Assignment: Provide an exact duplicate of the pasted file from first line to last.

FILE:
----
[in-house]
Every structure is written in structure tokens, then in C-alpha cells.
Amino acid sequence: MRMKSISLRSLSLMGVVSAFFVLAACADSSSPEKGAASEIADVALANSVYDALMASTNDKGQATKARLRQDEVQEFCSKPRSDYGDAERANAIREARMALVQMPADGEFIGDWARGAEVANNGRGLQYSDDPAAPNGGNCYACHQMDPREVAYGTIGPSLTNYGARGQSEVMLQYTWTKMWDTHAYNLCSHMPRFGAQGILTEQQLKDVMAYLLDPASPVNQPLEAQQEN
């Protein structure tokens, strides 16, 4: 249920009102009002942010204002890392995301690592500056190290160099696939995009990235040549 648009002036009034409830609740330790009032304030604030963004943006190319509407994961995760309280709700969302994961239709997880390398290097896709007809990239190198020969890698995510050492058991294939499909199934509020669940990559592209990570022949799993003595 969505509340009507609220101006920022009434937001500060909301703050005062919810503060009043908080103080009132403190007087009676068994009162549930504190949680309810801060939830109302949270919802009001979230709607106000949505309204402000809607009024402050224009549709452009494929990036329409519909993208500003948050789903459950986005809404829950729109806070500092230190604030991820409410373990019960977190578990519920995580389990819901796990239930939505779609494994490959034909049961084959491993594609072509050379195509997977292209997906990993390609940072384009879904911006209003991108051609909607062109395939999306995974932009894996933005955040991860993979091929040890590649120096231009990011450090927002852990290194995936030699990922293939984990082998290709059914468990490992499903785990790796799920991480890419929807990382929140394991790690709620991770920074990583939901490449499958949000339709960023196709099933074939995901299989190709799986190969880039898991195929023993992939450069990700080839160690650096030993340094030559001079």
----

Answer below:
[in-house]
Every structure is written in structure tokens, then in C-alpha cells.
Amino acid sequence: MRMKSISLRSLSLMGVVSAFFVLAACADSSSPEKGAASEIADVALANSVYDALMASTNDKGQATKARLRQDEVQEFCSKPRSDYGDAERANAIREARMALVQMPADGEFIGDWARGAEVANNGRGLQYSDDPAAPNGGNCYACHQMDPREVAYGTIGPSLTNYGARGQSEVMLQYTWTKMWDTHAYNLCSHMPRFGAQGILTEQQLKDVMAYLLDPASPVNQPLEAQQEN
């Protein structure tokens, strides 16, 4: 249920009102009002942010204002890392995301690592500056190290160099696939995009990235040549 648009002036009034409830609740330790009032304030604030963004943006190319509407994961995760309280709700969302994961239709997880390398290097896709007809990239190198020969890698995510050492058991294939499909199934509020669940990559592209990570022949799993003595 969505509340009507609220101006920022009434937001500060909301703050005062919810503060009043908080103080009132403190007087009676068994009162549930504190949680309810801060939830109302949270919802009001979230709607106000949505309204402000809607009024402050224009549709452009494929990036329409519909993208500003948050789903459950986005809404829950729109806070500092230190604030991820409410373990019960977190578990519920995580389990819901796990239930939505779609494994490959034909049961084959491993594609072509050379195509997977292209997906990993390609940072384009879904911006209003991108051609909607062109395939999306995974932009894996933005955040991860993979091929040890590649120096231009990011450090927002852990290194995936030699990922293939984990082998290709059914468990490992499903785990790796799920991480890419929807990382929140394991790690709620991770920074990583939901490449499958949000339709960023196709099933074939995901299989190709799986190969880039898991195929023993992939450069990700080839160690650096030993340094030559001079």